A Hiking Big Year anytime soon?: Part 1

That’s me, trudging across one of the high fells in the Lakes District, as part of the 300-km Coast to Coast just completed in England. We took 16 days, we met one man doing it in 11, most seemed to hike from the Irish Sea to the North Sea in 12 to 17 days. This is my third fifteen-day-plus “through” hike. What did I learn about myself?
Do I appear to be enjoying myself? The two-and-a-half weeks were a kaleidoscope of British scenery, from cowshit farm fields to high tarns to rock scrambles to bleak moors to quaint villages. We were fortunate to have clement weather, although I had to admit that the isolated gloomy/rainy/misty days were thrilling, evoking something uniquely British. I felt a sense of journeying, gradually chewing up the miles across a country, spying what lay ahead while glancing over a shoulder at our conquered territory. One distinct pleasure was the progression of B&Bs/pubs/hostels, with their fulsome breakfasts, accompanied by nightly “reward” dinners, mostly in pubs, nearly always with wine or beer. The company was avuncular and easygoing. The hike was robust – on average we walked just over 20 kms a day, 5 to 10 hours depending on the terrain – and demanding at a very basic level, namely that of keeping leg and foot in shape. But only three of the days really taxed me, so by one reckoning the CtC was not a full challenge – how did that affect my experience?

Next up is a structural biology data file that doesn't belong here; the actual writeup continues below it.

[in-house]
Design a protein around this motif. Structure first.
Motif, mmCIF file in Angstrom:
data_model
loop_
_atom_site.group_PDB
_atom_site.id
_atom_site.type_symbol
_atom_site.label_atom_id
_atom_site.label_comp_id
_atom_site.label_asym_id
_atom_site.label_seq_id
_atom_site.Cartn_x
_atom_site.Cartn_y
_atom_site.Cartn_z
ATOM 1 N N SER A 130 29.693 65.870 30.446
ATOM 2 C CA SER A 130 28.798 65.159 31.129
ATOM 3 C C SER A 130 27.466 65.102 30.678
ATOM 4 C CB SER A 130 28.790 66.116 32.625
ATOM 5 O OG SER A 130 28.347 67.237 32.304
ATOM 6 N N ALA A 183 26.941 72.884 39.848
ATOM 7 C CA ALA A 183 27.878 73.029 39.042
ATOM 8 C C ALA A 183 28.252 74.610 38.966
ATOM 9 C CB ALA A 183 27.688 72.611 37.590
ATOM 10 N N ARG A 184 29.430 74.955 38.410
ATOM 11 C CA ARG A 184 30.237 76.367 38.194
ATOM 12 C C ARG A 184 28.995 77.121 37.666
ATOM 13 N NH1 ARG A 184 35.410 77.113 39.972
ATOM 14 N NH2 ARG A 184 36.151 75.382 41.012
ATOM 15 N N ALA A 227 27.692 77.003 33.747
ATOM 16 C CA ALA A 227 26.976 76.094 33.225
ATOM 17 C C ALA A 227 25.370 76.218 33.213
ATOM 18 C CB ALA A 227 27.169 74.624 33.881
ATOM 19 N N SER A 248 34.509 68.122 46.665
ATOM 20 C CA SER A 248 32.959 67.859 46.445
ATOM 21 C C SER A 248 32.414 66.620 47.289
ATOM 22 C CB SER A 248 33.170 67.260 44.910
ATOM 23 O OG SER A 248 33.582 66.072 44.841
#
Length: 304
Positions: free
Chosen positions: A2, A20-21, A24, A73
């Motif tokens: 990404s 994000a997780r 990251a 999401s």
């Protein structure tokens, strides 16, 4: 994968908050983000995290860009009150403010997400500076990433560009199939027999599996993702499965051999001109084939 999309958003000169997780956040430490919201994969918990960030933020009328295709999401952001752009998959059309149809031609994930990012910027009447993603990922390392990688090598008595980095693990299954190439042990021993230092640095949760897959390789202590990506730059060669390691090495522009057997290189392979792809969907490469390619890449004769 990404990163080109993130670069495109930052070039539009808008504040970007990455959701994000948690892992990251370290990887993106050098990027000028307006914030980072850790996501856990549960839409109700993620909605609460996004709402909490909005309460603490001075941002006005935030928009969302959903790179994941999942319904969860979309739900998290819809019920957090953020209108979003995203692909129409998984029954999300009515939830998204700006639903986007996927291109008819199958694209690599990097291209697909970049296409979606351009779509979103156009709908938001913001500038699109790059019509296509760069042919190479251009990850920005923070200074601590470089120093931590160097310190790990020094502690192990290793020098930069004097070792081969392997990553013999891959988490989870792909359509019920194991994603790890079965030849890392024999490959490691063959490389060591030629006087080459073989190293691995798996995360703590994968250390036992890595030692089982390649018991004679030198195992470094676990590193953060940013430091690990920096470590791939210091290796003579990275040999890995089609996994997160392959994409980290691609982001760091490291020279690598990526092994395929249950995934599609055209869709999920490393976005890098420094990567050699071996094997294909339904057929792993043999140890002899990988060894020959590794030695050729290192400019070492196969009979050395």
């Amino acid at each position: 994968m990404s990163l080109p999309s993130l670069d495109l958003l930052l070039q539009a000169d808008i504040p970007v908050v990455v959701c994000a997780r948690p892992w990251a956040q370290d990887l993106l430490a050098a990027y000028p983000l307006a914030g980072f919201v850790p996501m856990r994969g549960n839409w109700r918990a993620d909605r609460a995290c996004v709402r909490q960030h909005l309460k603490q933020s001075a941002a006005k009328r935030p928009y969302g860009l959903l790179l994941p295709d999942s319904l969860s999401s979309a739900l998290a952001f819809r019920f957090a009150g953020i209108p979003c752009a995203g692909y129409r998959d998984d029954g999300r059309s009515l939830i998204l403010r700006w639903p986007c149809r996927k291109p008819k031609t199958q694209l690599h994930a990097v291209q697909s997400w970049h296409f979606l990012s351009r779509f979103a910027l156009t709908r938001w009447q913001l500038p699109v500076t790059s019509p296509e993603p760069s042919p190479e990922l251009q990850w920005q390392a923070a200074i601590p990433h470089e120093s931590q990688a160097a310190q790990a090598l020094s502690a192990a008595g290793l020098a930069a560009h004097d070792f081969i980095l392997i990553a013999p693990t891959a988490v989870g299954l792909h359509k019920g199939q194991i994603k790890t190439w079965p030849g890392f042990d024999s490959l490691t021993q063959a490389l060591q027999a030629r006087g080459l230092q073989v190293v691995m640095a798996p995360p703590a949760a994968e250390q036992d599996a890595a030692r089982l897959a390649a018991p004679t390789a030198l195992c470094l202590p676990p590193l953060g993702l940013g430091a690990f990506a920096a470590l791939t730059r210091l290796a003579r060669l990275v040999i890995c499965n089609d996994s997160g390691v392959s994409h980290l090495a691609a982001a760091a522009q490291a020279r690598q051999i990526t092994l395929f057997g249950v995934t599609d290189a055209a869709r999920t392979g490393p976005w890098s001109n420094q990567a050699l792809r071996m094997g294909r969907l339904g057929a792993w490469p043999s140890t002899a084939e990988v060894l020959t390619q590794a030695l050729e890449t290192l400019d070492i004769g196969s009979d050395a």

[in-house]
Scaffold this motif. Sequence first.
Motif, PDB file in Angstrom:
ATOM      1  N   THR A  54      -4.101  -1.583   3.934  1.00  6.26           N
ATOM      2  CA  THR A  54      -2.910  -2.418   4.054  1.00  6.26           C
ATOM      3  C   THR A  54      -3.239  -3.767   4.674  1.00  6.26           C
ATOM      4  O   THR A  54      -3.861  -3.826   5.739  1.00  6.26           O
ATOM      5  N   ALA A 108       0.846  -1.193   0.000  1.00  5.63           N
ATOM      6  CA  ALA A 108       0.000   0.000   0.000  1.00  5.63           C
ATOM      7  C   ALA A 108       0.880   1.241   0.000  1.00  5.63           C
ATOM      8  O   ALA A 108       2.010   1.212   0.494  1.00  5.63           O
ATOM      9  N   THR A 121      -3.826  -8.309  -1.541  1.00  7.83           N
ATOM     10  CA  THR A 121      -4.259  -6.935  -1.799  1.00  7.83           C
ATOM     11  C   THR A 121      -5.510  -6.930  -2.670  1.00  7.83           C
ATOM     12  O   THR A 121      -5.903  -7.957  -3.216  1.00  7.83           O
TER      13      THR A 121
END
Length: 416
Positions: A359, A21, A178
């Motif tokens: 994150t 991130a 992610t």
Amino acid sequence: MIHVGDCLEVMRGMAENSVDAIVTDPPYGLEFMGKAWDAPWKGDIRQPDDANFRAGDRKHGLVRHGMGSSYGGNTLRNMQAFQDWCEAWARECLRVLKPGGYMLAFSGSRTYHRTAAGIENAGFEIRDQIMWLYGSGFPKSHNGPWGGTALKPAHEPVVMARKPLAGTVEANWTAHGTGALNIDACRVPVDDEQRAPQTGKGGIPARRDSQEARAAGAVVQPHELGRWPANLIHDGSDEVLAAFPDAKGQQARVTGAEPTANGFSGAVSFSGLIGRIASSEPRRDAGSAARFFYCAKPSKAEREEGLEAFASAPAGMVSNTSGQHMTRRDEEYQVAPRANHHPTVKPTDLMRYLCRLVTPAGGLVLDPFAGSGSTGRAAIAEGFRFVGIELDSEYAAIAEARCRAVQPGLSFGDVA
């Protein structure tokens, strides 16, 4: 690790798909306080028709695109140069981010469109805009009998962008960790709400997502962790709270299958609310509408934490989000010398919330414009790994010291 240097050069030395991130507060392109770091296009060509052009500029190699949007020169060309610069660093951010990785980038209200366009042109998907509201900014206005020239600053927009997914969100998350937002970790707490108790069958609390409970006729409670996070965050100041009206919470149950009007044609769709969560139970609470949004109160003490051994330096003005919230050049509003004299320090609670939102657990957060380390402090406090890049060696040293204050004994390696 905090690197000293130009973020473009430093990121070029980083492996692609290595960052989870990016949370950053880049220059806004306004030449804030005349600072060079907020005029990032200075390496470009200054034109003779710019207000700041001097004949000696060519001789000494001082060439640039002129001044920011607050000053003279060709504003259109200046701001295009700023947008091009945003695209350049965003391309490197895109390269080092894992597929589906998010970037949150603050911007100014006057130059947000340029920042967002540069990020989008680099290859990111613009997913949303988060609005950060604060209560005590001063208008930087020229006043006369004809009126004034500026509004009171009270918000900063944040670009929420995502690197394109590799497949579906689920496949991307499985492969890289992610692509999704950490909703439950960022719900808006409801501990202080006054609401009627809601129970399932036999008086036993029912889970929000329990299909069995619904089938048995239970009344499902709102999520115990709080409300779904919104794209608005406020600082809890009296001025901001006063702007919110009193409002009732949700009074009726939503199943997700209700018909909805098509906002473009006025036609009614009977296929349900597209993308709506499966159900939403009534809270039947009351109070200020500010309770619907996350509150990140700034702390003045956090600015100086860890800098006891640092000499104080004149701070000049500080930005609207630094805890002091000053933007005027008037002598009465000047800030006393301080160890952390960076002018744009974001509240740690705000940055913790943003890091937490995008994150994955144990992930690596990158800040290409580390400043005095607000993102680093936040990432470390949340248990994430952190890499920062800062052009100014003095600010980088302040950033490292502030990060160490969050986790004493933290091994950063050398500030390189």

Two days after scrubbing my boots clean, the ultimate conclusion to a hike, I’m plagued by an unreasonable disquiet. I cannot fault the journey, but here’s the rub: I’ve always yearned, or thought I was yearning, for the big challenges, what I’ve been labelling as a future Tough Hikes Big Year. We’re talking intense physical exertion, navigational intricacies, an element of riskiness verging on danger. Yet the Coast to Coast was quite manageable, thank you very much, and I loved it. Am I changing in what excites me about hiking?

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